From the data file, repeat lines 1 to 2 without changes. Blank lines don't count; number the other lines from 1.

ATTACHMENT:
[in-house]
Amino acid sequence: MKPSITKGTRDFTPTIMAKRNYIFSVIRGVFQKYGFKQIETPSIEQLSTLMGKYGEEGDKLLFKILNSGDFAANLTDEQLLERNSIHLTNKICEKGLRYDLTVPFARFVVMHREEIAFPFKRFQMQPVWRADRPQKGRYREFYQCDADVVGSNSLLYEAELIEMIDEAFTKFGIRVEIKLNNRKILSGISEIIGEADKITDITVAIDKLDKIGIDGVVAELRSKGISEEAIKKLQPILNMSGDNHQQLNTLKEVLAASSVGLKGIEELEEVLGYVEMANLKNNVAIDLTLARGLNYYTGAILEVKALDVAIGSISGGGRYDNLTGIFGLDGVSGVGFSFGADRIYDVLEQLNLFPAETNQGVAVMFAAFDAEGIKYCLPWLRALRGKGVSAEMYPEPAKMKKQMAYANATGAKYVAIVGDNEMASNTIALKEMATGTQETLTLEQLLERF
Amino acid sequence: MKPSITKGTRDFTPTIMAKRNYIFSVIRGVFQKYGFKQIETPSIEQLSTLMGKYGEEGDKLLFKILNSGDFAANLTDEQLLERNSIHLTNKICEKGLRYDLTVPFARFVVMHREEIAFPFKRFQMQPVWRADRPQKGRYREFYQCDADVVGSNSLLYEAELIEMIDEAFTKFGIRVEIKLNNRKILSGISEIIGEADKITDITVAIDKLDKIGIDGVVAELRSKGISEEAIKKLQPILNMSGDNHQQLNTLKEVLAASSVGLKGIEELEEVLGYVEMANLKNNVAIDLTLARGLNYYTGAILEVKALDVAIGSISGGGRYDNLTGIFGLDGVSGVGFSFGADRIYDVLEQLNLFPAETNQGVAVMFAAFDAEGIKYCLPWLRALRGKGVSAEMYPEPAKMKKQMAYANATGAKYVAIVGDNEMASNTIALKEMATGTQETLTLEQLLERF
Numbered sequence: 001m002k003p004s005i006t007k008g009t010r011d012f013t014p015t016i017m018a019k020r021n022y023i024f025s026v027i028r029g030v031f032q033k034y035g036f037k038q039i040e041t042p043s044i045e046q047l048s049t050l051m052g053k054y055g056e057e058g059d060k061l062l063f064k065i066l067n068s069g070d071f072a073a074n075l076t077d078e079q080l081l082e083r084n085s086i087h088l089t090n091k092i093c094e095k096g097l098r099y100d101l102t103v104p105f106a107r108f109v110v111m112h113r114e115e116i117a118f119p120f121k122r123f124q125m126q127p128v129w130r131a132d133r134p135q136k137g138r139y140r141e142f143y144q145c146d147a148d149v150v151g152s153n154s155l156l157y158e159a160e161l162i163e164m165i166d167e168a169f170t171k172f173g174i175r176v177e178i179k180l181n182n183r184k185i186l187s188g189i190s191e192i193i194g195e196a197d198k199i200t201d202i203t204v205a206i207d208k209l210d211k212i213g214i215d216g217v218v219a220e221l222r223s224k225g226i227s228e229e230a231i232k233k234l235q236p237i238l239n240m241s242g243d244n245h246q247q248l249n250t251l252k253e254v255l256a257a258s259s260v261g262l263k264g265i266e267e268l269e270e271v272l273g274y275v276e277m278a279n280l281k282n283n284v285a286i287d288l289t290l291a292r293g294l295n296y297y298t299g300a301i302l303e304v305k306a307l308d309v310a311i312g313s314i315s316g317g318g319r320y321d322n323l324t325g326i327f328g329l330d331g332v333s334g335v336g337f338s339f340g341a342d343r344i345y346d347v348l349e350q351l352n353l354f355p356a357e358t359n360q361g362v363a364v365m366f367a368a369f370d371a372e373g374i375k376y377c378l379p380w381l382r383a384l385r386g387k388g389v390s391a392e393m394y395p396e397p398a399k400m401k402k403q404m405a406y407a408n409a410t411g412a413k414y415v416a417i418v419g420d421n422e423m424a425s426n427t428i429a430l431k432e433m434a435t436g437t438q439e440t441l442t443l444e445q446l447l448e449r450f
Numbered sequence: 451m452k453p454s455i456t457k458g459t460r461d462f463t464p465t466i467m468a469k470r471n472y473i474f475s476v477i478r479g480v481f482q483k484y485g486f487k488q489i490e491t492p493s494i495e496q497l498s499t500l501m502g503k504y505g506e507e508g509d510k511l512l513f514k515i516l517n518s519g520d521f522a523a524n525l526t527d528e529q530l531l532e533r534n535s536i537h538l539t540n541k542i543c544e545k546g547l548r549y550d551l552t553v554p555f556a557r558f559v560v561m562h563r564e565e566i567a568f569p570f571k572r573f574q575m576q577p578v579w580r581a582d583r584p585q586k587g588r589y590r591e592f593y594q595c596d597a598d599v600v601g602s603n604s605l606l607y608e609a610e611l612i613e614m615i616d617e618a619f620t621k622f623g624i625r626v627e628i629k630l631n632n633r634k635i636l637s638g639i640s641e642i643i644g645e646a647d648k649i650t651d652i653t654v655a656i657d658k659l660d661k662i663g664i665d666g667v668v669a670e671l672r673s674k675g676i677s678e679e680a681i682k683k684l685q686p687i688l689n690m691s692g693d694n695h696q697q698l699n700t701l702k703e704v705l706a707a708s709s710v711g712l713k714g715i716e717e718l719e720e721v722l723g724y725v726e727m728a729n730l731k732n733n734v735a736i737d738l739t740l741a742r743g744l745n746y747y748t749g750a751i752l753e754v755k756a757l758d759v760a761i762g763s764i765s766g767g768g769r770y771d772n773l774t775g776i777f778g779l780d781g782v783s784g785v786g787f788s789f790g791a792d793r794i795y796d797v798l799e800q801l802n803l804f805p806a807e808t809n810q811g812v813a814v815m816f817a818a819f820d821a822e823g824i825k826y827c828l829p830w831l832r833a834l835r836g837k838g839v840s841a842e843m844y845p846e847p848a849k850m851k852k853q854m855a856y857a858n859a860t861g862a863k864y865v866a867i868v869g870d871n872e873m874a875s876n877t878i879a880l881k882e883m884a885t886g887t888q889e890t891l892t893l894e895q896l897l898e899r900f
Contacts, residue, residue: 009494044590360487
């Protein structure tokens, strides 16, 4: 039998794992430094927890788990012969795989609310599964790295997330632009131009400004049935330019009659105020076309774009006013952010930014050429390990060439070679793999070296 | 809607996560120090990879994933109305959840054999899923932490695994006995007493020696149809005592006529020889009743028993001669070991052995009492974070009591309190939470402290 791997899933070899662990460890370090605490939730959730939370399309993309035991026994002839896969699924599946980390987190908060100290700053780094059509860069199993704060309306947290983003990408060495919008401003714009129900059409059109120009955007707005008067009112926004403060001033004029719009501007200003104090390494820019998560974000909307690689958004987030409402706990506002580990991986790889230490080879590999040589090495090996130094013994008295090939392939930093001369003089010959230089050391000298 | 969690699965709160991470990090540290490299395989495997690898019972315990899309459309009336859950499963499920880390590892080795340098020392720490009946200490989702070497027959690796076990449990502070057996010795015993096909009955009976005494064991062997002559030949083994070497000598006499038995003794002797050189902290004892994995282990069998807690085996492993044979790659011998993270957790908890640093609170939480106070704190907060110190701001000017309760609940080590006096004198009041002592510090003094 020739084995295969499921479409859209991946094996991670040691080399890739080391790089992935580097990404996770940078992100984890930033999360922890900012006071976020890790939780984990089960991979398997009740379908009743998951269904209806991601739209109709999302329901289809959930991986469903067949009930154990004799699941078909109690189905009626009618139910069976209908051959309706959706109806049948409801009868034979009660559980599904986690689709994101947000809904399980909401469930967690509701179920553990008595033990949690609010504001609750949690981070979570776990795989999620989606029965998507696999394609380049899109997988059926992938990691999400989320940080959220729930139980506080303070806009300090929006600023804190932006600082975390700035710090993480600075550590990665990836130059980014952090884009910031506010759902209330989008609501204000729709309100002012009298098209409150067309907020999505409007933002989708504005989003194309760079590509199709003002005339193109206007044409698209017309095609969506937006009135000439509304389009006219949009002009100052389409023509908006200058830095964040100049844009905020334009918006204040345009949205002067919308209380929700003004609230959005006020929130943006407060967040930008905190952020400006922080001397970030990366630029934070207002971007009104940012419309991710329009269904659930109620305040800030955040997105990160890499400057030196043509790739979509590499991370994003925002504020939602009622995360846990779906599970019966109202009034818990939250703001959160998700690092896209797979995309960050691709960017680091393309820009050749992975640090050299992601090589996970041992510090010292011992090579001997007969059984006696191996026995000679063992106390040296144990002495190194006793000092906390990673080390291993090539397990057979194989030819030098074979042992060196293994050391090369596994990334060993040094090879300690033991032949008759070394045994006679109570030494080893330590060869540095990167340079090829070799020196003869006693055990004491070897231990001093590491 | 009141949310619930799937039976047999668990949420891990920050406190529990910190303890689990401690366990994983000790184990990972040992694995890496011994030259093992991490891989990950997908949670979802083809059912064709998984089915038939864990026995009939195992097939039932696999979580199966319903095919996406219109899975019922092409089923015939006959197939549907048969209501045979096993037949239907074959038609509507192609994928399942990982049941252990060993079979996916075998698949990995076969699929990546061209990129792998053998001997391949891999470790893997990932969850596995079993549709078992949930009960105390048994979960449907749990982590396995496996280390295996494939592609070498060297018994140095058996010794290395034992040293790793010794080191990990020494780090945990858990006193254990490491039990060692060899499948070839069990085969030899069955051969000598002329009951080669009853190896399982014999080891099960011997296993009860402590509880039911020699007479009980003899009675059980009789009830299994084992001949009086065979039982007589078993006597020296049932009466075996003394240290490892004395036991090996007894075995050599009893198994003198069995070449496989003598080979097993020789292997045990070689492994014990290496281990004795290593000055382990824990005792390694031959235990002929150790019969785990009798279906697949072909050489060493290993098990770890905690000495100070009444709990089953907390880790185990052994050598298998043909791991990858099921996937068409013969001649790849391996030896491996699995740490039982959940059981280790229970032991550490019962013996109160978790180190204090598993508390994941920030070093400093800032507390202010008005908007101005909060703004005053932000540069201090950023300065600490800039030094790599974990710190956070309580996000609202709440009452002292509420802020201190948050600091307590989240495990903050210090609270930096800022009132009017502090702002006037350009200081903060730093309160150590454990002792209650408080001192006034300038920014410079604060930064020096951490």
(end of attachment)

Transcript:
[in-house]
Amino acid sequence: MKPSITKGTRDFTPTIMAKRNYIFSVIRGVFQKYGFKQIETPSIEQLSTLMGKYGEEGDKLLFKILNSGDFAANLTDEQLLERNSIHLTNKICEKGLRYDLTVPFARFVVMHREEIAFPFKRFQMQPVWRADRPQKGRYREFYQCDADVVGSNSLLYEAELIEMIDEAFTKFGIRVEIKLNNRKILSGISEIIGEADKITDITVAIDKLDKIGIDGVVAELRSKGISEEAIKKLQPILNMSGDNHQQLNTLKEVLAASSVGLKGIEELEEVLGYVEMANLKNNVAIDLTLARGLNYYTGAILEVKALDVAIGSISGGGRYDNLTGIFGLDGVSGVGFSFGADRIYDVLEQLNLFPAETNQGVAVMFAAFDAEGIKYCLPWLRALRGKGVSAEMYPEPAKMKKQMAYANATGAKYVAIVGDNEMASNTIALKEMATGTQETLTLEQLLERF